As we emerge from this recession there is no shortage of stories of struggle – the unemployment figures have left their mark throughout every sector of the economy and in millions of families. But even as private sector jobs continue to increase, another source of strife stands out even for people who never lost their jobs. Health care bills, particularly for employed folks who mistakenly thought they had reliable private insurance coverage through their work, have presented insurmountable hurdles for patients since well before this most recent downturn. In our society that trusts the invisible hand of the market to bring value to the consumer, the fact that faithfully paid premiums result in no guarantee of coverage makes for poignant irony. Consider the following examples as archetypes of the problems confronted by middle class Americans who thought private insurance was on their side.
Thomas Wilkes, a 7 year-old Colorado boy with a bleeding disorder, comes from a common, white, working class family. His father, Nathan, always took for granted that the insurance pool he paid into monthly through his job would protect his family from financial ruin in the event of unforeseen health problems, but the regular clotting factor transfusions his son Thomas needs for survival quickly exhausted the beneficence of his employer’s insurance company. The company instituted a soon-surpassed $1 million lifetime cap on young Thomas’s health care coverage and meanwhile raised premiums and reduced coverage for all of Nathan’s co-workers. Ultimately, Thomas was saved by Colorado’s high risk pool, which now guarantees his coverage.
David Welch, a registered nurse in California nearing retirement, had planned to reduce his hours to per diem, giving up his health insurance benefits in exchange for more autonomy in his schedule. He thought his health care savvy would make him an ideal candidate for negotiating the individual health insurance market, but late in this transition a routine health screening by his doctor revealed a small, treatable skin cancer. Nurse Welch, following a lifetime of insurance coverage found himself uninsurable, stamped with a pre-existing condition, and resigned to wait through the remaining years until he qualified for Medicare when he could count on dependable health insurance again.
Crystal Wagner, a young woman from Georgia, was diagnosed with high grade cervical cancer at age 22 and needed surgery. Her parents had been paying insurance premiums throughout her life that up until 3 years before this would have theoretically covered the steep medical bills that would follow. But they got no benefit from this investment, and instead dutifully paid thousands of dollars out- of-pocket to save their daughter’s life while the insurance company paid shareholder dividends padded with two decades of the Wagners’ premiums.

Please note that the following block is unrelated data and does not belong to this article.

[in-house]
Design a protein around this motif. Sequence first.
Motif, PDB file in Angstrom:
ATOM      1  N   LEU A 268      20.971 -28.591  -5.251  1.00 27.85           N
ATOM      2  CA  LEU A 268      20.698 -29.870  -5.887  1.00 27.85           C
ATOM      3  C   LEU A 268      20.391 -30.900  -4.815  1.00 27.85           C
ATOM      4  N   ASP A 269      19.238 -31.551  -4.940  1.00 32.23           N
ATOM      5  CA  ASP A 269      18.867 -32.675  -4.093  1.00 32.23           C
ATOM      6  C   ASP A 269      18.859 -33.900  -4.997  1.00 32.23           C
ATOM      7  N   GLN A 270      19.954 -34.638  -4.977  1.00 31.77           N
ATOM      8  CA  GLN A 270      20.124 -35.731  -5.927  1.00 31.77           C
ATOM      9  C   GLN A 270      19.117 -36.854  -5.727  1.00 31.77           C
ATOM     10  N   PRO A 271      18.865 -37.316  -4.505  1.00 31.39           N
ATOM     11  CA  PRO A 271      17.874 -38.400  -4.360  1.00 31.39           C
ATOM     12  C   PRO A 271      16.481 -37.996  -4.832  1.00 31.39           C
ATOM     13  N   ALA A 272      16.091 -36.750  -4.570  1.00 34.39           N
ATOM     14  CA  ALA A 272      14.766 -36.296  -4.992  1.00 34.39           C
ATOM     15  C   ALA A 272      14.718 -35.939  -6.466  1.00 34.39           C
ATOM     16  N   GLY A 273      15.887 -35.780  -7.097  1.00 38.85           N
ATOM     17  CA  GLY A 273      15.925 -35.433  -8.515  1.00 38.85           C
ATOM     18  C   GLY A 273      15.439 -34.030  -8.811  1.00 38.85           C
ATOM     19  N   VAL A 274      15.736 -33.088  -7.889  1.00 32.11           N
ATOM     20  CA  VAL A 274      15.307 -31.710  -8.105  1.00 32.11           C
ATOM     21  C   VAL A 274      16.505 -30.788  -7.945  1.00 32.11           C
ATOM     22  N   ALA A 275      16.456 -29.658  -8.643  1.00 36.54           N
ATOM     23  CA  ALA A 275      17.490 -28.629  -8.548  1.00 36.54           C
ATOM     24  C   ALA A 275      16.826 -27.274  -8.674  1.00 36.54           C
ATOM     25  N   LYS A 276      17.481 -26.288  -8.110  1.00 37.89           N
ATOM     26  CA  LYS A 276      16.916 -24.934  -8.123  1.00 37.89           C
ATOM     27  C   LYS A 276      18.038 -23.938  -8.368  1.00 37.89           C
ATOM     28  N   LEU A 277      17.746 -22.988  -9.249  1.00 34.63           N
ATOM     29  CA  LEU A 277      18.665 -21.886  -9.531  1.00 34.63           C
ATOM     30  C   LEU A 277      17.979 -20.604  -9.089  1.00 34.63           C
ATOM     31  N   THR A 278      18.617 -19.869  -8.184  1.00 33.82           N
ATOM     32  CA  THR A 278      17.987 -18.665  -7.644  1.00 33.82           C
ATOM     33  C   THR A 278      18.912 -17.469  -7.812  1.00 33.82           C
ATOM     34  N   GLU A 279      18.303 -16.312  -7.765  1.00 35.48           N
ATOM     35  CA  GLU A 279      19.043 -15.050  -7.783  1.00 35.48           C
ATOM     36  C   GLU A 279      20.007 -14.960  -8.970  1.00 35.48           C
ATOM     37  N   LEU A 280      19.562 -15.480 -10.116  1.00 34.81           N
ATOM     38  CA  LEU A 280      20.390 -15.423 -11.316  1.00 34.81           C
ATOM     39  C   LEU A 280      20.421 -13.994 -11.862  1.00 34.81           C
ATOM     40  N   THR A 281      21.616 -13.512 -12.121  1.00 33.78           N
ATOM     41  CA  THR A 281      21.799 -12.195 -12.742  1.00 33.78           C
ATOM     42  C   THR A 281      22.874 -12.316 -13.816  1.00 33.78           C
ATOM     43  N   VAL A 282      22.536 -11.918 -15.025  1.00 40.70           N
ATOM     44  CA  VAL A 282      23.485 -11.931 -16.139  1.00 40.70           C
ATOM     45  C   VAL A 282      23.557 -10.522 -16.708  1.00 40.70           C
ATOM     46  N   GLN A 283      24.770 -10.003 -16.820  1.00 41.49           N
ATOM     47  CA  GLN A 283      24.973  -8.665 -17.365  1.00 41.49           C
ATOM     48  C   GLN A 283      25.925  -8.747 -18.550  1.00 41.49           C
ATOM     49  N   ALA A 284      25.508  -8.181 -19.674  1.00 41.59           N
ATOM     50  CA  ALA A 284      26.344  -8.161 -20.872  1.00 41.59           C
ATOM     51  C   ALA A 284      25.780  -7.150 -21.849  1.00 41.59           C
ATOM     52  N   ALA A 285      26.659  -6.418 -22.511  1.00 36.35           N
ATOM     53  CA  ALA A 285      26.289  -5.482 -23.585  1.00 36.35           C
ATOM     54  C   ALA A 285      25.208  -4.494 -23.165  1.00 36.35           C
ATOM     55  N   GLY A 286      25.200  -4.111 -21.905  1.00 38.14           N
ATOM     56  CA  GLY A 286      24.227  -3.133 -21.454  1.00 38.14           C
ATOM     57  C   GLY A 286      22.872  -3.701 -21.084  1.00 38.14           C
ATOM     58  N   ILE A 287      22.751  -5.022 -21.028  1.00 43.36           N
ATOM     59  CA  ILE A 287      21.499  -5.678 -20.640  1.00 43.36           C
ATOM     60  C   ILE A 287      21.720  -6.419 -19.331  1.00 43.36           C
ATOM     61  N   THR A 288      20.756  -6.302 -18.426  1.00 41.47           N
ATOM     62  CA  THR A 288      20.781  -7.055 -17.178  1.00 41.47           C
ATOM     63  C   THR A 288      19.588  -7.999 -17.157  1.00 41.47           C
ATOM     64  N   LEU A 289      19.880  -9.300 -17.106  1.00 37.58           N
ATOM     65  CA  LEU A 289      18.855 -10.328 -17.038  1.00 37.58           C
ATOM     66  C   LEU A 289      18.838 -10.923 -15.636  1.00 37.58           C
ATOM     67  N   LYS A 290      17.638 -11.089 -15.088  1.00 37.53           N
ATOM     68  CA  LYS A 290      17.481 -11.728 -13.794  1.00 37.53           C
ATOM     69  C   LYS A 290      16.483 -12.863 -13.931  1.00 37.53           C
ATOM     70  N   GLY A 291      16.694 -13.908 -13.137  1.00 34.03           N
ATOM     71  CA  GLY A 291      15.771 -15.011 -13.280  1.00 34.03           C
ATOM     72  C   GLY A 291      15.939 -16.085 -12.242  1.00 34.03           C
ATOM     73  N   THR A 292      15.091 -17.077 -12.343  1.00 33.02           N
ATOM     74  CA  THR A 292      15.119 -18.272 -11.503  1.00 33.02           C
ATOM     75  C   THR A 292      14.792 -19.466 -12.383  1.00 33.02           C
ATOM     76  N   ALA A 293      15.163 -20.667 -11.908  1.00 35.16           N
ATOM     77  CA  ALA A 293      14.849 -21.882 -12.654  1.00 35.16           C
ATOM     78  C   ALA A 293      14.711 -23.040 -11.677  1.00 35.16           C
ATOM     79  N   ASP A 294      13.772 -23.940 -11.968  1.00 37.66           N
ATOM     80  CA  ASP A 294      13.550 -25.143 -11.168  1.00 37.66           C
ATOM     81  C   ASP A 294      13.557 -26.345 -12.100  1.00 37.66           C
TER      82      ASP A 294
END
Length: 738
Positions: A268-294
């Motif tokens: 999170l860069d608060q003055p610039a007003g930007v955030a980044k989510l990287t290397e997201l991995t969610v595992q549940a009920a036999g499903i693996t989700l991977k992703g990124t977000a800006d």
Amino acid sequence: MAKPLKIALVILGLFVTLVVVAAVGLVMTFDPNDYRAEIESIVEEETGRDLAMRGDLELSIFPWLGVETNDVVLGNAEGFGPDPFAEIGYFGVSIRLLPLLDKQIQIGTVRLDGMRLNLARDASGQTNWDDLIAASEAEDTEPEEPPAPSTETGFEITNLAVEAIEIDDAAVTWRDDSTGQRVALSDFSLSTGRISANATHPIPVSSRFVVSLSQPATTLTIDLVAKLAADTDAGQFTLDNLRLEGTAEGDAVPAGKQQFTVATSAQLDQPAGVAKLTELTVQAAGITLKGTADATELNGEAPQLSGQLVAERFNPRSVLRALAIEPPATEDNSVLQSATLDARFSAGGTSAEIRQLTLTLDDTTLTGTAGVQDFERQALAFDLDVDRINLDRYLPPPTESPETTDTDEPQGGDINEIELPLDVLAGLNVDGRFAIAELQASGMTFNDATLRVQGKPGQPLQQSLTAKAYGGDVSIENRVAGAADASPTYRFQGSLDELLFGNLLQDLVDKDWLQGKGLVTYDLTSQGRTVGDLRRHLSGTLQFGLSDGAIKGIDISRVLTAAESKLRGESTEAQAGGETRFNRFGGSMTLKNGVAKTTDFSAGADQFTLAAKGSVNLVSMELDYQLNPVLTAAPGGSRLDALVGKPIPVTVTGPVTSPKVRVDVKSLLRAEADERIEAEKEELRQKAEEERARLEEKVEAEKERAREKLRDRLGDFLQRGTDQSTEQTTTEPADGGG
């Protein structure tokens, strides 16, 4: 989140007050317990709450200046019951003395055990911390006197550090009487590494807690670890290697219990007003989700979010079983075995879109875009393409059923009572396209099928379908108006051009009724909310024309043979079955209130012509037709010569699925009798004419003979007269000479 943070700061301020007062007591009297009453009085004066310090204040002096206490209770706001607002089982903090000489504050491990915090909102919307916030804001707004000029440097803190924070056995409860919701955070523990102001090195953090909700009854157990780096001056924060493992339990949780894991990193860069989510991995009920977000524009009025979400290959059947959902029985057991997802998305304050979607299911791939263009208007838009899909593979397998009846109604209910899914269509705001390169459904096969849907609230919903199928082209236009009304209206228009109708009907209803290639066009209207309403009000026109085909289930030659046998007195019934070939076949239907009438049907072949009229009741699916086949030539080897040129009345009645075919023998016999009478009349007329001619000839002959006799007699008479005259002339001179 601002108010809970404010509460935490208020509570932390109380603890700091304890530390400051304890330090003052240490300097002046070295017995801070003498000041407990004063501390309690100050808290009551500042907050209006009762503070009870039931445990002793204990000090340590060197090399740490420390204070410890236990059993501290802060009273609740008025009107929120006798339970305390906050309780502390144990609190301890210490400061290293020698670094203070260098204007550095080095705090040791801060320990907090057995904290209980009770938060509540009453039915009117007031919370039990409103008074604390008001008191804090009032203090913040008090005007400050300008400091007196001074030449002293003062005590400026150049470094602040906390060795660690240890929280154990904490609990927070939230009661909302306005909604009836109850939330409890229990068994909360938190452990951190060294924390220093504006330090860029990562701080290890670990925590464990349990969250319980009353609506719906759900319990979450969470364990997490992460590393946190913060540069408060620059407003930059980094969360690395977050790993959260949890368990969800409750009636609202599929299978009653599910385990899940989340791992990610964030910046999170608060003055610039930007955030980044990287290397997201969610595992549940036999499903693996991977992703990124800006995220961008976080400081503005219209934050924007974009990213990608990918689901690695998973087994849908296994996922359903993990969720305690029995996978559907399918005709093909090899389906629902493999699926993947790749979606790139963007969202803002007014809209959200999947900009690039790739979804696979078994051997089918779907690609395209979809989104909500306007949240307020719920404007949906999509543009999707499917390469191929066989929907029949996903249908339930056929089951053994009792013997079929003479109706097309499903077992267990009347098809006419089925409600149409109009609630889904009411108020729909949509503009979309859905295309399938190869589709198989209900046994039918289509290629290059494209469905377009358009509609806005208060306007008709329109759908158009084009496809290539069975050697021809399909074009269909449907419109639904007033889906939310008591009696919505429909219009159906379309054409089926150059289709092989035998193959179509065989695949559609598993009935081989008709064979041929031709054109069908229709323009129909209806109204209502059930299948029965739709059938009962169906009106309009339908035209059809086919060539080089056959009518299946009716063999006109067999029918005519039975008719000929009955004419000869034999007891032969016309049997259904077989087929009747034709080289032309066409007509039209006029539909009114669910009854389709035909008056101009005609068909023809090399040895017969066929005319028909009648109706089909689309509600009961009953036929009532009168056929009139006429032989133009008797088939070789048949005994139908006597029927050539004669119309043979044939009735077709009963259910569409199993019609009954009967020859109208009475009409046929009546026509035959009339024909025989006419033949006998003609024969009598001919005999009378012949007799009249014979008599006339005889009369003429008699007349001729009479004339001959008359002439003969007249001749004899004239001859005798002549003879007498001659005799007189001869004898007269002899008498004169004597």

Florence Corcoran, a middle class mother from Louisiana with a history of high-risk pregnancy was lucky to be insurable at all. When she got pregnant again her obstetrician (and five other secondary physicians) rightly foresaw another tenuous late term for Florence and her baby, and ordered her to bed rest throughout her final trimester with in-home nursing to help monitor the fetus’s condition. The insurance company denied this most essential claim and subsequent appeal, and predictably, the fetus went into distress and died while Corcoran was at home without medical support.
Critics of the Patient Protection and Affordable Care Act (PPACA) routinely decry it as a socialist take-over of health care. There has been a take-over all right, rather a corporate coup d’état, where distant, unaccountable and unelected businessmen make life and death decisions driven by profit motives, incentivized to deny care whenever possible while raking in breathtaking paychecks subsidized by jilted consumers. However, for each of the stories above and hundreds of thousands of similar problems, the PPACA has a remedy: removing lifetime caps on coverage, outlawing discrimination for pre-existing conditions, allowing children to stay on parents’ insurance until age 26, and strengthening the claims appeals process in favor of the consumer.
It is not socialism to finally insist on some return for our investment of premium dollars, and the private insurance market would be well-advised to make the best of this second chance they have been given to be responsible free-market actors. As it stands these middlemen have yet to demonstrate that they bring any added value to the overall health care market. Certainly our system of private insurance is what most differentiates us from all other industrialized countries. Western Europe incidentally out rank us in every major health metric as well as consumer satisfaction - 57% of Brits, 65% of the French, and 91% of Danes are satisfied with their government guarantee of health insurance. If the US private insurance industry ran in an election today to keep their position as the nation’s health care underwriters they would lose. Barely 40% of privately insured Americans (those that are healthy enough to maintain coverage so they may have the privilege of paying premiums) are satisfied with their coverage. Contrast that with the 56% of Medicare beneficiaries who are very satisfied with their coverage and it’s not hard to make out the writing on the wall.
Another election is coming, a referendum on health insurers, and, unless private industry starts accepting some correction from the people it purports to serve, headlines the morning after will read “Public option wins in a landslide.”